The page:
solidAngle Solid angle The solid angle subtended by a surface S is defined as the surface area of a unit sphere covered by the surface S's projection onto the sphere. A solid angle is related to the surface of a sphere in the same way an ordinary angle is related to the circumference of a circle. Since the total surface area of the unit sphere is 4*pi, the measure of solid angle will always be between 0 and 4*pi.
specificEnergy Specific energy Specific energy is energy per unit mass. (It is also sometimes called "energy density," though "energy density" more precisely means energy per unit volume.) The SI unit for specific energy is the joule per kilogram (J/kg). Other units still in use in some contexts are the kilocalorie per gram (Cal/g or kcal/g), mostly in food-related topics, watt hours per kilogram in the field of batteries, and the Imperial unit BTU per pound (BTU/lb), in some engineering and applied technical fields.
specificHeatCapacity Specific heat capacity The specific heat capacity, often simply called specific heat, is the heat capacity per unit mass of a material. It is the amount of heat needed to raise the temperature of a certain mass 1 degree Celsius.
specificHeatPressure Specific heat pressure Specific heat at a constant pressure.
specificHeatVolume Specific heat volume Specific heat per constant volume.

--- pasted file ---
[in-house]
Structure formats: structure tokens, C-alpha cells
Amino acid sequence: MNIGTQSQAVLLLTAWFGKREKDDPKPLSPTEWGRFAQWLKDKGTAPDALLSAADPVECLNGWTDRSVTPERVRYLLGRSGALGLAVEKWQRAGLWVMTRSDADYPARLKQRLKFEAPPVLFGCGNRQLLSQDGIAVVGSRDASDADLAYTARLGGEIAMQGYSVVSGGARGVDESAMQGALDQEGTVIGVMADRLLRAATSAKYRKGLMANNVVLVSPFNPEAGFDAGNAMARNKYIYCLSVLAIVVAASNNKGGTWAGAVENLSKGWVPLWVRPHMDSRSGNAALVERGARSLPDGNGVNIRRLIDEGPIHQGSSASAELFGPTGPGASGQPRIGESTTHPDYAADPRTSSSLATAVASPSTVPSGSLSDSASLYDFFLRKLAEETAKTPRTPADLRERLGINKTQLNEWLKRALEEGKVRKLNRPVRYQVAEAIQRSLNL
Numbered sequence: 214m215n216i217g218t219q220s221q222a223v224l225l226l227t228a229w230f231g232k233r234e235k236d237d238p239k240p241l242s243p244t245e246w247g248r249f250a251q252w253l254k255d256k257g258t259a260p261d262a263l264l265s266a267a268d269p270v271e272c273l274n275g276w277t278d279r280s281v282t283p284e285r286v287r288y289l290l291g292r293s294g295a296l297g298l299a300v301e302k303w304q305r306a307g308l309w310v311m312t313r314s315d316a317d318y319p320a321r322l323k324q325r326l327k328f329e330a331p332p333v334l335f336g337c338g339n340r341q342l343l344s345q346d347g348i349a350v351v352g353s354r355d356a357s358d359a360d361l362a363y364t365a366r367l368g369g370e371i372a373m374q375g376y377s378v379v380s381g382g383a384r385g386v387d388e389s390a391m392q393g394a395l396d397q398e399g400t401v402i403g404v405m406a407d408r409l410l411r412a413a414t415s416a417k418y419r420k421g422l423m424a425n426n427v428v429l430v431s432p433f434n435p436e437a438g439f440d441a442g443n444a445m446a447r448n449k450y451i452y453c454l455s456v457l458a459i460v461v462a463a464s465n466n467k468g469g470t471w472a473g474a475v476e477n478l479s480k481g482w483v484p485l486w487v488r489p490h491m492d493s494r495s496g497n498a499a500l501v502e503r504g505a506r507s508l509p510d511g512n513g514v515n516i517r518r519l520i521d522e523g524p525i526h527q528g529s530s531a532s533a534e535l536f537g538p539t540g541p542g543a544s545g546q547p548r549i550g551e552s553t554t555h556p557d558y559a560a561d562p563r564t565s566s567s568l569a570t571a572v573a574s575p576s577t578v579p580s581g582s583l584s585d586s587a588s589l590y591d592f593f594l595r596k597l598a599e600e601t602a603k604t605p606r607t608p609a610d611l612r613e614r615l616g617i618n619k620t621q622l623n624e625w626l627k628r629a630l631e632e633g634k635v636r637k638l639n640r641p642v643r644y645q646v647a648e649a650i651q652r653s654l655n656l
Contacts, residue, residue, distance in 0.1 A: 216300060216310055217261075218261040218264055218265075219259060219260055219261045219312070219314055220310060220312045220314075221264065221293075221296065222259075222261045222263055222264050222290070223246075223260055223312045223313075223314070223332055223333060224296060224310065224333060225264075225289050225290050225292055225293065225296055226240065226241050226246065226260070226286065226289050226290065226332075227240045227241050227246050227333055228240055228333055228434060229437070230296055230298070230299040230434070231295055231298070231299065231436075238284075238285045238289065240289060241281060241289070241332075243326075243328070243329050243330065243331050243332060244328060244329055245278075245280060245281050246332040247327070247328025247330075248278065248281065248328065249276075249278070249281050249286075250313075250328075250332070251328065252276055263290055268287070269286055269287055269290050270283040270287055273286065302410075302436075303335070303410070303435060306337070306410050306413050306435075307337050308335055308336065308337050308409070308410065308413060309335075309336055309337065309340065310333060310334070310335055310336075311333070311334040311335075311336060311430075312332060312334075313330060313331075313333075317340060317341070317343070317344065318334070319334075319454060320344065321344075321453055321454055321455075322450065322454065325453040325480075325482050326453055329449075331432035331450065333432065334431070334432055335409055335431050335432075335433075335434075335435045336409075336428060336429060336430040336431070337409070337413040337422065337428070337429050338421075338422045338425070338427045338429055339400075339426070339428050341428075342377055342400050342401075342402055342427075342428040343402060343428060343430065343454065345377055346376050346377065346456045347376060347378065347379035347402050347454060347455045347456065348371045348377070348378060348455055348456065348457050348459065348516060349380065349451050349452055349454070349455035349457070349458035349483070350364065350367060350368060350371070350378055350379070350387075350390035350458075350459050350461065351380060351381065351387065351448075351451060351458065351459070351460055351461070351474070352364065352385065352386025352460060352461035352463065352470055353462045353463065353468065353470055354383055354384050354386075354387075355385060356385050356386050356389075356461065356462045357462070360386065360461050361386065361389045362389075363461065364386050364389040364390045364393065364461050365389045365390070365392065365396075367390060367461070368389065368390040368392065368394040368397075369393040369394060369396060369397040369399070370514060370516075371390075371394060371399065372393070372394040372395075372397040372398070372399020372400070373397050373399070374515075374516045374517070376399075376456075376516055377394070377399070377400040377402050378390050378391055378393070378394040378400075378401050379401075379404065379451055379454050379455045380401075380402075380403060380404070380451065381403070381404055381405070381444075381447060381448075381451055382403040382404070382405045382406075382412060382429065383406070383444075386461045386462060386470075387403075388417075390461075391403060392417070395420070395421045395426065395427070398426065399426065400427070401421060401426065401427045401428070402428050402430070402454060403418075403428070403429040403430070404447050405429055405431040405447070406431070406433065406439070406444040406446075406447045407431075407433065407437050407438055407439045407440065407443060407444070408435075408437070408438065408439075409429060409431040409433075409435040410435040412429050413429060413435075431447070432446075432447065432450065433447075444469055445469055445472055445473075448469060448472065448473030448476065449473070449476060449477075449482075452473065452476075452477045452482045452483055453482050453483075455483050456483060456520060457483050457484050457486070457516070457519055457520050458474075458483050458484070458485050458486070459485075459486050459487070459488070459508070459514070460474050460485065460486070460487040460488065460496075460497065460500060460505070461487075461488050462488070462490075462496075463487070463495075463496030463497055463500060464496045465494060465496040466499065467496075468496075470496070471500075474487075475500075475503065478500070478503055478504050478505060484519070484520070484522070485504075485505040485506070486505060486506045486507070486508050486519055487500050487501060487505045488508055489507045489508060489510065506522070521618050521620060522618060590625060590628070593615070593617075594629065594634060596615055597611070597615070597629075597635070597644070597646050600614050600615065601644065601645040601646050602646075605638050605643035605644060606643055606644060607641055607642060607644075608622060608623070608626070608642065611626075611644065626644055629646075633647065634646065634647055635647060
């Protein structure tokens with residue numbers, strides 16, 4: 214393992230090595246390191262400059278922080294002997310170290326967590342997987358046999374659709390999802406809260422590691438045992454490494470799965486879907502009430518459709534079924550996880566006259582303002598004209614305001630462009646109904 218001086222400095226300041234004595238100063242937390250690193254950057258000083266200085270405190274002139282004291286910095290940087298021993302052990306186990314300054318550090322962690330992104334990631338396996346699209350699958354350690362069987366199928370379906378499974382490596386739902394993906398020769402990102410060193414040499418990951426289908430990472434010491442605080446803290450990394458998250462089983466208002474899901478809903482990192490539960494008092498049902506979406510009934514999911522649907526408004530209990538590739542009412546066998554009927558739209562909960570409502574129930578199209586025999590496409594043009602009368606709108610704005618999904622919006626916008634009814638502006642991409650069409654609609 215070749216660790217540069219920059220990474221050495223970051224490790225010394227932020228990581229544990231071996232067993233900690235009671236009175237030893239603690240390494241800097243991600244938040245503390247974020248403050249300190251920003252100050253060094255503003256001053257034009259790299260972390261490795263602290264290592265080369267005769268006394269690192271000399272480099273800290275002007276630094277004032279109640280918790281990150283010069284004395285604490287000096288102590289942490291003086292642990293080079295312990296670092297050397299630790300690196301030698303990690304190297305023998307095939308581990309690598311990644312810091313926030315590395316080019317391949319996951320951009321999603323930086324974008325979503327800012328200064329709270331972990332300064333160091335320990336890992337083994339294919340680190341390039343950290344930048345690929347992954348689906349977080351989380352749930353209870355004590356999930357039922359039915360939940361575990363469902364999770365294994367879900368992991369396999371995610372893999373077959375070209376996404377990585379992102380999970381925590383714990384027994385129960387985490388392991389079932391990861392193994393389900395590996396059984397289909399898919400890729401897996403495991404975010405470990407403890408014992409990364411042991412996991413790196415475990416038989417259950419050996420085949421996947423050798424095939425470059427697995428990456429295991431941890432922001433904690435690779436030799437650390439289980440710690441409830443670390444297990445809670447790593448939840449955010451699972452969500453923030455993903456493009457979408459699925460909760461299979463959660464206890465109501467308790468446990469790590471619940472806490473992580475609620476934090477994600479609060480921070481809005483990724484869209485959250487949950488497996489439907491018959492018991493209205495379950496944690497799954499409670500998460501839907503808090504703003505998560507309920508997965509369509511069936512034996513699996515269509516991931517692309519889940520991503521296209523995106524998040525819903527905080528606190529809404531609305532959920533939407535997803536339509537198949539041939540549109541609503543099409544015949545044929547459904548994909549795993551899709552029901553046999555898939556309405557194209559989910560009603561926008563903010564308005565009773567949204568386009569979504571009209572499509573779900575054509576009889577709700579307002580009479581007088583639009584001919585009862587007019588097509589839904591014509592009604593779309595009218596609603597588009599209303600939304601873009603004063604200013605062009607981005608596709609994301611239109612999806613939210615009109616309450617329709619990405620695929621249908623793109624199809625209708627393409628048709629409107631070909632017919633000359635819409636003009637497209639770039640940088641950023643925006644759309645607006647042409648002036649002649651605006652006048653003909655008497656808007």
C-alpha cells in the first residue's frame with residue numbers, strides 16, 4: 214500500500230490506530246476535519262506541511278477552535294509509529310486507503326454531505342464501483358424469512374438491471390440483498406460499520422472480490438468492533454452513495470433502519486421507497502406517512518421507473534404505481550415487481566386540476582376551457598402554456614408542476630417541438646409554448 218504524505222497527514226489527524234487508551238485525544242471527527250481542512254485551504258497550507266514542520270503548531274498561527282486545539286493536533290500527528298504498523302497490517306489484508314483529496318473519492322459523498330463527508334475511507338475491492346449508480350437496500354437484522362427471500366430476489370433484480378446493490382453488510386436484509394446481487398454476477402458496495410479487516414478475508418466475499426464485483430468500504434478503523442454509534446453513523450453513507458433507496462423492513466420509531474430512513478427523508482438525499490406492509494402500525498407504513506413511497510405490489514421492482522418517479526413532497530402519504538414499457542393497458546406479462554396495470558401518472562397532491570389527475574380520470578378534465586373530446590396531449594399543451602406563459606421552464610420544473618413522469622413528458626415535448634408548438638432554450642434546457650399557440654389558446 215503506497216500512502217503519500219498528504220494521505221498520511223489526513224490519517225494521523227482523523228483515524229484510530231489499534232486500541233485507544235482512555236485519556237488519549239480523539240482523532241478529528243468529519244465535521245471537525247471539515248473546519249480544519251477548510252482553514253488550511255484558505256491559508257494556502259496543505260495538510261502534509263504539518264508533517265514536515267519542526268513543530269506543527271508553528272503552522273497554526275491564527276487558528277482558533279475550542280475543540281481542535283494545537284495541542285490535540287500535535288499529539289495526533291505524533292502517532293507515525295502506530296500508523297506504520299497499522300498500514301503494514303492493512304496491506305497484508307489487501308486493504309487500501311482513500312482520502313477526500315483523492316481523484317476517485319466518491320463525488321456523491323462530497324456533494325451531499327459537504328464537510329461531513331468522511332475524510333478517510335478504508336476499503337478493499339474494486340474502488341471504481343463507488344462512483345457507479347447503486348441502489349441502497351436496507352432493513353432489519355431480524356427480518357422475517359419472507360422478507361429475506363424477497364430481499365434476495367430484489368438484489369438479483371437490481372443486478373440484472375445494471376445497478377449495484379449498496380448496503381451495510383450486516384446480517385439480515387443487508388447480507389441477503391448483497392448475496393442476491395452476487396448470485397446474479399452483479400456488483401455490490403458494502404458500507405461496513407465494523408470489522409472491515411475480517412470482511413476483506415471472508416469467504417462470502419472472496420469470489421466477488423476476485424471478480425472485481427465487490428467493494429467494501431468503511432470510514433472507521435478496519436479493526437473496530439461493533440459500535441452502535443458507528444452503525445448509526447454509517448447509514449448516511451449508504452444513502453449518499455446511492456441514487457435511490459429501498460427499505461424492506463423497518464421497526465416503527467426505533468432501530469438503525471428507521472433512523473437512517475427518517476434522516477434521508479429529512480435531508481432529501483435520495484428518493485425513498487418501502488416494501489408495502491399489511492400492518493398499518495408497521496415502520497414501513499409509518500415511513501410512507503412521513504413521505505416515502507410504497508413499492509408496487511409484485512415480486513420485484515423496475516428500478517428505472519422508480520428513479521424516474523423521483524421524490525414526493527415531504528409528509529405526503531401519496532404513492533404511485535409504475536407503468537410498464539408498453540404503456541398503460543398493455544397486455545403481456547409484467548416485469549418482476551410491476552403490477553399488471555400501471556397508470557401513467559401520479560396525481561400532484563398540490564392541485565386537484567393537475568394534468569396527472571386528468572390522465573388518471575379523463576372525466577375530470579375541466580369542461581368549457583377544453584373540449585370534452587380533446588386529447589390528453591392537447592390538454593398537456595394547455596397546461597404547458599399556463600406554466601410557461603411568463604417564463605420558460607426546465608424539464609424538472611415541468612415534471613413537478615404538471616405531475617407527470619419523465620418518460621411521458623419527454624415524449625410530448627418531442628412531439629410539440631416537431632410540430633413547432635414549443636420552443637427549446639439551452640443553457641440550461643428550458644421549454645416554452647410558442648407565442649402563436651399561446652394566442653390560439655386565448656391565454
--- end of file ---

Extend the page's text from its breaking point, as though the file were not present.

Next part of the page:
specificRadioactivity Specific radioactivity Specific activity is the activity per mass quantity of a radionuclide and is a physical property of that radionuclide. [Wikipedia: https://en.wikipedia.org/wiki/Specific_activity]
specificSurfaceArea Specific surface area Specific surface area "SSA" is a property of solids which is the total surface area of a material per unit of mass. It is a derived scientific value that can be used to determine the type and properties of a material (e.g. soil, snow). It is defined by surface area divided by mass (with units of m²/kg).
specificVolume Specific volume Specific volume (?) is the volume occupied by a unit of mass of a material. It is equal to the inverse of density.
stableIsotopeDelta Stable isotope delta For stable isotopes, isotope ratios are typically reported using the delta (?) notation where ? represents the ratio of heavy isotope to light isotope in the sample over the same ratio of a standard reference material, reported using units of in "per mil" (‰, parts per thousand) and reported relative to the specific standard reference material.